"The Mammoth Book of Best New Horror 18"
edited by Stephen Jones
Format: Paperback, 512 pages
Publisher: Constable & Robinson
Stephen Jones is a multiple award winning editor and in “The Mammoth Book of Best New Horror 18” he proves his talent once again gathering some very interesting horror short stories published in 2006.
The anthology is opened with an introduction by Stephen Jones, “Horror in 2006”, an excellent article in which I could find comprehensive information regarding the Horror genre in 2006 with book and comics published in that year, movie and TV shows releases and awards presentation and winners.
“Summer” by Al Sarrantonio – The summer seems to be hotter and hotter as it draws to its end. Three friends who enjoy their summer vacation together try to resolve this mystery by going to a local cave, Hell’s Cave. I liked this story especially because Al Sarrantonio catches wonderfully the atmosphere of childhood summer vacations. And particularly at the end of the story where I could identify with one of the characters and his particular wish.
“Digging Deep” by Ramsey Campbell – A man finds himself buried alive, but he discovers that he was buried together with his cell phone. He will try to use it in search of help, but the help will come with a surprise. This story is a very good one. It is terrifying as the simple thought of being buried alive is and Ramsey Campbell does a great job imprinting a real claustrophobic sensation to the reader.
“The Night Watch” by John Gordon – Dr Martin Glover makes researches in a Castle that used to be a dungeon. And he will be shown glimpses of the past. An enjoyable story written in a pace which kept me caught in the story until the end of it.
“The Luxury of Harm” by Christopher Fowler – Two old friends meet again at a Horror convention. And they consider the convention theme, who will make a realistic murderer and a good victim, captivating. It is not such a terrifying story, but the end and the motivation of one action is quite interesting.
“Sentinels” by Mark Samuels – Inspector Gray, a policeman passionate by horror story, has to investigate a case of disappearance in the London Underground. The theme of this story is a classic one and it isn’t new. However, Mark Samuels manages to make his story interesting through the pacing and not the idea which is at the foundation of the story. He builds the tension well and reaches the high climax at the right moment.
“The Saffron Gatherers” by Elizabeth Hand – Suzanne, a writer, meets with her boyfriend Randall in California and he gives her a rare and expensive book, “The Thera Frescoes”. The book gathers pictures of the paintings recovered from a city destroyed by a volcanic eruption. The story tends more toward the Sci-Fi genre and the horror is that of a natural disaster which might occur anytime.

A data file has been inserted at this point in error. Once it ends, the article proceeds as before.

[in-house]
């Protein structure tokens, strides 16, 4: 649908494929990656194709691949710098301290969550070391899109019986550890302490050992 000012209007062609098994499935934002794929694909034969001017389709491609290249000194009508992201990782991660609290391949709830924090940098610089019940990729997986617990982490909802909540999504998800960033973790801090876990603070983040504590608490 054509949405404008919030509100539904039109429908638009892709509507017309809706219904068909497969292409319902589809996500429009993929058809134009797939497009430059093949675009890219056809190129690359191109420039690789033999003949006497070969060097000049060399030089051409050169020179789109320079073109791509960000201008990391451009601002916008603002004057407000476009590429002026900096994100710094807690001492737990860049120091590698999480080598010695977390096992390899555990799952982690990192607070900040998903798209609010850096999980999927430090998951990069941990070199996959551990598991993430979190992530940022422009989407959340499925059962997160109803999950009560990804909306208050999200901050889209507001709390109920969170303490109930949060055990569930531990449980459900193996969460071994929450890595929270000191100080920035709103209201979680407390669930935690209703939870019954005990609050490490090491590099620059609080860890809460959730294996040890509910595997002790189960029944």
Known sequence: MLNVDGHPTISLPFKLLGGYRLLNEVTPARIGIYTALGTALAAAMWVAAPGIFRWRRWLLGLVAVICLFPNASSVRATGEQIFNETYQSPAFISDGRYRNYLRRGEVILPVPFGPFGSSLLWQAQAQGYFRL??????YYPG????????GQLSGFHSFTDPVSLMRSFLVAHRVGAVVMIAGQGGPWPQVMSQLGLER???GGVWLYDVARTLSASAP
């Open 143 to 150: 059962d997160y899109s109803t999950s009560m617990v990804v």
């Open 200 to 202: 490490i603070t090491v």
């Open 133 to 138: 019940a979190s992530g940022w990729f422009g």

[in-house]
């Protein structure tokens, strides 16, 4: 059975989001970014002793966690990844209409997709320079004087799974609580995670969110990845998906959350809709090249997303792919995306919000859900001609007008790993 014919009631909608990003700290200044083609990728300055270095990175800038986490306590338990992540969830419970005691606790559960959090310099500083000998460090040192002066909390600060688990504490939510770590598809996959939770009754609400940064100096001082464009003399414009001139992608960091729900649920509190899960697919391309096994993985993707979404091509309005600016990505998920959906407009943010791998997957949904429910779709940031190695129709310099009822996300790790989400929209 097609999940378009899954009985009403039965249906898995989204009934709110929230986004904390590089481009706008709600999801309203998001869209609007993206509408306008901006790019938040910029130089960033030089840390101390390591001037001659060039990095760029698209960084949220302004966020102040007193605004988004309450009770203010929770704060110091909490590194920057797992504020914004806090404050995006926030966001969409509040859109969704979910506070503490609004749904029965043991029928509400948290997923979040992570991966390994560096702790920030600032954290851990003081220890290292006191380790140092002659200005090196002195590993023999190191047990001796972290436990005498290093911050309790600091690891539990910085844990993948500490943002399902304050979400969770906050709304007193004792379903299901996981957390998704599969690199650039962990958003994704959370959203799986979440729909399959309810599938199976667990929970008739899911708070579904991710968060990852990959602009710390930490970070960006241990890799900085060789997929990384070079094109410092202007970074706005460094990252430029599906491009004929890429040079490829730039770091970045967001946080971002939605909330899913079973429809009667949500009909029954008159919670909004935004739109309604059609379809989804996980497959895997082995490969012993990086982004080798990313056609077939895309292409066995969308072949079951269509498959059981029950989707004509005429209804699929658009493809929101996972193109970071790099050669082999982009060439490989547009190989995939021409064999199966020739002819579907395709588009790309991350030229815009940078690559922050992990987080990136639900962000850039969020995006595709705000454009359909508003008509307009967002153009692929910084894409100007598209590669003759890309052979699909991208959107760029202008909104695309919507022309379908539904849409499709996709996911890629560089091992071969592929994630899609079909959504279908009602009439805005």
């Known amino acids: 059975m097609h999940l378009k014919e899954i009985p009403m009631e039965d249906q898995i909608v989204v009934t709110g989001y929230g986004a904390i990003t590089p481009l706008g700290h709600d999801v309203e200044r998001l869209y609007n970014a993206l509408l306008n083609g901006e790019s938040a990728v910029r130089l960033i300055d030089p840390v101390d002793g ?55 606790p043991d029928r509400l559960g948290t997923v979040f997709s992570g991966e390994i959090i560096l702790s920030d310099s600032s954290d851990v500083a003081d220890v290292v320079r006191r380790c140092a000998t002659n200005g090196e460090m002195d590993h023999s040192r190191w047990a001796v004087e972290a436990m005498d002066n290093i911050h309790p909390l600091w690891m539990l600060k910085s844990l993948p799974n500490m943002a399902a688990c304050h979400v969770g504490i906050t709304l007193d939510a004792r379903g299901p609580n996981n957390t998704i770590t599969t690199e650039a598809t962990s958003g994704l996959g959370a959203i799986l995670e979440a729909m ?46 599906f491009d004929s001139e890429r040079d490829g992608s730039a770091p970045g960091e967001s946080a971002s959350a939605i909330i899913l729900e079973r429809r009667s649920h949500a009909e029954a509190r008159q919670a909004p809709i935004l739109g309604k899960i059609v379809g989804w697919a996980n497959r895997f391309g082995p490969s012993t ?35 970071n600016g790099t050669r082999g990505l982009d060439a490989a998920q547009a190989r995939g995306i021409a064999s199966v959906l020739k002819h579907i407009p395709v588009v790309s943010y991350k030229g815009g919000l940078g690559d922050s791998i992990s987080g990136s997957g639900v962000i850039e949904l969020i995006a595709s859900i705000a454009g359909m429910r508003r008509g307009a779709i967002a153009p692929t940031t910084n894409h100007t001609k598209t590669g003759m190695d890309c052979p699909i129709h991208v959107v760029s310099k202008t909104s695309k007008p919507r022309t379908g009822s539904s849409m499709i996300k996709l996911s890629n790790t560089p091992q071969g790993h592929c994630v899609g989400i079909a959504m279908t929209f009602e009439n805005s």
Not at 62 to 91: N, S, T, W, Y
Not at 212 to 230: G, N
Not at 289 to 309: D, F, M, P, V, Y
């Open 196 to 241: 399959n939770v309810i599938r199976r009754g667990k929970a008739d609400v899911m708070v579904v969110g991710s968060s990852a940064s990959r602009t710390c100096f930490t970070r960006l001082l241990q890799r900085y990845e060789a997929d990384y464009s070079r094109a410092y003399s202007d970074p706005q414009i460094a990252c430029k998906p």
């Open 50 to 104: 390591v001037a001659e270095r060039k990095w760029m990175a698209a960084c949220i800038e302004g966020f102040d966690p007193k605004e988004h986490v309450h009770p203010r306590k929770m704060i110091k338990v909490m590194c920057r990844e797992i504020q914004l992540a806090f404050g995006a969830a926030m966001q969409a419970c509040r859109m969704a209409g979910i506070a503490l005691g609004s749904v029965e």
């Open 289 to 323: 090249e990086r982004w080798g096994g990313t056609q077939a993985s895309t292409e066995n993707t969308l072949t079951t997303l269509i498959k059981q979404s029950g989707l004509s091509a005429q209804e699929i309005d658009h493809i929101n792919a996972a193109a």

“What Nature Abhors” by Mark Morris – Meacher, the character of this story, wakes up in an empty train with no recollection of his past. He soon discovers that not only the train is empty, but also the city where he gets off. And all over the city the mannequins and the statuettes are covered with a plastic bag at the top. A very powerful story and I liked a lot the guess terror, the horror that slowly engulfs the character. And the human conscience might prove to be a greater horror.
“The Last Reel” by Lynda E. Rucker – Sophie and her boyfriend, Kevin, go to her aunt’s house which was inherited by her family. The story treats another classic theme, a haunting and a bad place.
“The American Dead” by Jay Lake – In a future society Probecito, a young boy, dreams to become an American inspired by the Cemeterio Americano which lies near his living place. I liked this story especially because its post-apocalyptic tint offered by Jay Lake. It is another story that has a Sci-Fi theme, but the horror plays a great part in it. And that horror is even more powerful because in this story is more palpable for the reader being generated by the human nature and society.
“Between the Cold Moon and the Earth” by Peter Atkins – Going home one night, Michael meets his friend Carol who he haven’t saw in months. A fantastic story about friendship and like the previous one by the terror generated by the human nature.
“Sob in the Silence” by Gene Wolfe – A horror writer invites his old colleague and friend together with his family to spend his holiday with him at his house. I will not say much because I’ll spoil your read. Gene Wolfe builds his story very well, careful at the details and with an interesting twist at the end.